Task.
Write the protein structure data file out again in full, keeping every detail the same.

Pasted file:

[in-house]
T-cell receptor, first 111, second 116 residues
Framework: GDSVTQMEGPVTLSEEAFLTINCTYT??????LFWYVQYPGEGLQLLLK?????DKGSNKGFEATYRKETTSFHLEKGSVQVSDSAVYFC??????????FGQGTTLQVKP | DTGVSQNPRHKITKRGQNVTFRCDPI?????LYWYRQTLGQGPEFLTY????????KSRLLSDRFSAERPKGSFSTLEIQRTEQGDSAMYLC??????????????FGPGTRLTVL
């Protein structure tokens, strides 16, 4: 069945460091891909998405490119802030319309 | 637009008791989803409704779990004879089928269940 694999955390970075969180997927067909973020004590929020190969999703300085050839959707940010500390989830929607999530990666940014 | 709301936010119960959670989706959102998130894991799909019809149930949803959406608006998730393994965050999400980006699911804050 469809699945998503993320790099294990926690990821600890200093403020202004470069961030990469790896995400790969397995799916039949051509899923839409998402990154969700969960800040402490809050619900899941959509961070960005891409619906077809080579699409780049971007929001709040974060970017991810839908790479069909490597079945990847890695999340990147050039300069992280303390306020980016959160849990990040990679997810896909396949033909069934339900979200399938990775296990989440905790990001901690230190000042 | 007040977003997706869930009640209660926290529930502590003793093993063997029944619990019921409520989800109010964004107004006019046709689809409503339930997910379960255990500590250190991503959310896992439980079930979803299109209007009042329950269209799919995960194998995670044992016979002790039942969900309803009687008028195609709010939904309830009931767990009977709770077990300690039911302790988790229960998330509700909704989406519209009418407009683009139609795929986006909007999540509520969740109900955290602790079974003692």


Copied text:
[in-house]
T-cell receptor, first 111, second 116 residues
Framework: GDSVTQMEGPVTLSEEAFLTINCTYT??????LFWYVQYPGEGLQLLLK?????DKGSNKGFEATYRKETTSFHLEKGSVQVSDSAVYFC??????????FGQGTTLQVKP | DTGVSQNPRHKITKRGQNVTFRCDPI?????LYWYRQTLGQGPEFLTY????????KSRLLSDRFSAERPKGSFSTLEIQRTEQGDSAMYLC??????????????FGPGTRLTVL
């Protein structure tokens, strides 16, 4: 069945460091891909998405490119802030319309 | 637009008791989803409704779990004879089928269940 694999955390970075969180997927067909973020004590929020190969999703300085050839959707940010500390989830929607999530990666940014 | 709301936010119960959670989706959102998130894991799909019809149930949803959406608006998730393994965050999400980006699911804050 469809699945998503993320790099294990926690990821600890200093403020202004470069961030990469790896995400790969397995799916039949051509899923839409998402990154969700969960800040402490809050619900899941959509961070960005891409619906077809080579699409780049971007929001709040974060970017991810839908790479069909490597079945990847890695999340990147050039300069992280303390306020980016959160849990990040990679997810896909396949033909069934339900979200399938990775296990989440905790990001901690230190000042 | 007040977003997706869930009640209660926290529930502590003793093993063997029944619990019921409520989800109010964004107004006019046709689809409503339930997910379960255990500590250190991503959310896992439980079930979803299109209007009042329950269209799919995960194998995670044992016979002790039942969900309803009687008028195609709010939904309830009931767990009977709770077990300690039911302790988790229960998330509700909704989406519209009418407009683009139609795929986006909007999540509520969740109900955290602790079974003692």